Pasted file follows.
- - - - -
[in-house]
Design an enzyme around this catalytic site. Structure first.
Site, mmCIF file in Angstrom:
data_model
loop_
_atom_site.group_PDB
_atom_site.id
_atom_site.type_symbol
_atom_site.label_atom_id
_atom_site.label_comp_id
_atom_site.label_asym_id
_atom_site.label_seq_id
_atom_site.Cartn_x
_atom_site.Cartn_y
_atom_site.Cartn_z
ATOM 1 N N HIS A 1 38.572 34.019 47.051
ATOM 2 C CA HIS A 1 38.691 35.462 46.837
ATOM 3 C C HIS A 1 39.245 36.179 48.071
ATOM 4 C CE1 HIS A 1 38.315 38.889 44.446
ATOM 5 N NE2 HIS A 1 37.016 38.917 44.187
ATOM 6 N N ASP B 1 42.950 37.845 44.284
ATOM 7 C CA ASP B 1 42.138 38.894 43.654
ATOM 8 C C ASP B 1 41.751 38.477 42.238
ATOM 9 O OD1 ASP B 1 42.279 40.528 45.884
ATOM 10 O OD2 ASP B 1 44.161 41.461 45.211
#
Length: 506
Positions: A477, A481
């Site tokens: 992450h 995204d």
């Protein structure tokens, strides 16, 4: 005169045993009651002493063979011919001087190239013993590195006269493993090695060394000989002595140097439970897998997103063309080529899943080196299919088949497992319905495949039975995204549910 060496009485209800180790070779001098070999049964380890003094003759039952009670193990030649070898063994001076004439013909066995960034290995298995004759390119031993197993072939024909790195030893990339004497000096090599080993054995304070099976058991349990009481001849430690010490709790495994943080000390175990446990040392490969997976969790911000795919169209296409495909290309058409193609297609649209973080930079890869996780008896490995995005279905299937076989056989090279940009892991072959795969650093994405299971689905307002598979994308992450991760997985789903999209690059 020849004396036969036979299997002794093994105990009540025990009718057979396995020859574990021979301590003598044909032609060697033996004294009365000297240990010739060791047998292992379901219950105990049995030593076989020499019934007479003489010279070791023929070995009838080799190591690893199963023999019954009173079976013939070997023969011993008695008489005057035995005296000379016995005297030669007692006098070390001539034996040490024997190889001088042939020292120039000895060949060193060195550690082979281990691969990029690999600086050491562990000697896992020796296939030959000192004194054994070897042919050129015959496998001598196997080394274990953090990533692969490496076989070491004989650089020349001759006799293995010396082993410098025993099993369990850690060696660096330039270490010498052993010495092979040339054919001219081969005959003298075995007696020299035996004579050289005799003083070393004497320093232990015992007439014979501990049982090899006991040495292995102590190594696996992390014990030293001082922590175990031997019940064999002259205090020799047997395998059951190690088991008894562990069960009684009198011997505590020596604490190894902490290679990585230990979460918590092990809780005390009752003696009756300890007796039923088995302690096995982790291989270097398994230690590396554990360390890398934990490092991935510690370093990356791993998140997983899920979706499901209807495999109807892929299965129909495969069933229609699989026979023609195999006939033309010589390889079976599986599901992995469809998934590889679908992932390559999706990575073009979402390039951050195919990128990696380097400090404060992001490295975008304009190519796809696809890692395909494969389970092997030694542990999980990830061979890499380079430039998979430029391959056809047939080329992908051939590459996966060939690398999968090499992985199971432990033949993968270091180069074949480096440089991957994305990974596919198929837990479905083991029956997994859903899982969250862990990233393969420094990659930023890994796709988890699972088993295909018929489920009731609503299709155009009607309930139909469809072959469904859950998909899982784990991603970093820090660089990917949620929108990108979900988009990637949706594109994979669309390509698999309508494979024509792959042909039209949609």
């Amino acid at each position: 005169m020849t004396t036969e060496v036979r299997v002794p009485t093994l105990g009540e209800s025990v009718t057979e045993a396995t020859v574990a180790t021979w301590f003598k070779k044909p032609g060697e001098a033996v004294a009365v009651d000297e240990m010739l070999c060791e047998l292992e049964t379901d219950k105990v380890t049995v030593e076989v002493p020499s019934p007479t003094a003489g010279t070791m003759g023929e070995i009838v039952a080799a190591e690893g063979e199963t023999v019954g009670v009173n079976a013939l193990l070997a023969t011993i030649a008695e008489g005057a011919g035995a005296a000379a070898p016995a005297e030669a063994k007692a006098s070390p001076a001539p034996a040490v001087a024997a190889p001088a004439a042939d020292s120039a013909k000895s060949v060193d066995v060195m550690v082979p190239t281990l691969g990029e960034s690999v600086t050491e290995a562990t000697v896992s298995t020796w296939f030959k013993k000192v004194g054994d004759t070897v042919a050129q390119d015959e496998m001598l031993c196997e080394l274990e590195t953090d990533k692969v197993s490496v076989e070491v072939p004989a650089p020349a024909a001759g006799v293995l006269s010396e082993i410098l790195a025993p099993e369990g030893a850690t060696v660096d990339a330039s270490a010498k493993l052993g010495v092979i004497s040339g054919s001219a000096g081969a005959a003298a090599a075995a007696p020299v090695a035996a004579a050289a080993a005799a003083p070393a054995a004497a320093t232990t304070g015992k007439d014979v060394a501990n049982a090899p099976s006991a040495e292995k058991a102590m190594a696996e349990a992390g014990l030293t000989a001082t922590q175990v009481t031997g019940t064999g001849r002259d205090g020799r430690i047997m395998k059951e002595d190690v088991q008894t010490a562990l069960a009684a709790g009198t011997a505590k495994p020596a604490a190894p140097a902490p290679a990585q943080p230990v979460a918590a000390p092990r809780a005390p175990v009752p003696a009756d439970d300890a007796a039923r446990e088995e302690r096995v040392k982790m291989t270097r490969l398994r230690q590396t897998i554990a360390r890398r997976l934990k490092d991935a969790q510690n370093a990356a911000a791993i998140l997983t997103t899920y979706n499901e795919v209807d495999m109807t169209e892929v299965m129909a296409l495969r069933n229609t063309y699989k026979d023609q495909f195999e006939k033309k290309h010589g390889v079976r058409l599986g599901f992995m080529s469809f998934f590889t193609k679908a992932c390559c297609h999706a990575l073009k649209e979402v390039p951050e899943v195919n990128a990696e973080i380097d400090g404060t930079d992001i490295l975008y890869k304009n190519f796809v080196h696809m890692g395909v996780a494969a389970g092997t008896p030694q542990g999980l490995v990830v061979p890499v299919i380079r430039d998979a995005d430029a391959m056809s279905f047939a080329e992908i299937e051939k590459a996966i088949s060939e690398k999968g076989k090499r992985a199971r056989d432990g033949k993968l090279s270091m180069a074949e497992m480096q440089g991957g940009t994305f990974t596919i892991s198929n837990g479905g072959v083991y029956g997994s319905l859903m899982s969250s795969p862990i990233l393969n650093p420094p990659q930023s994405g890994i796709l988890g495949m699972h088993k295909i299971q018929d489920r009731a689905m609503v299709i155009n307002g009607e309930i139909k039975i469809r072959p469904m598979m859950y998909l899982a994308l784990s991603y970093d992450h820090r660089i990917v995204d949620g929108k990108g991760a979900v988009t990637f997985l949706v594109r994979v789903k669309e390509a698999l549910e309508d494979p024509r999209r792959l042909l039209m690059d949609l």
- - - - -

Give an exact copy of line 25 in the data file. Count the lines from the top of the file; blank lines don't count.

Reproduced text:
ATOM 10 O OD2 ASP B 1 44.161 41.461 45.211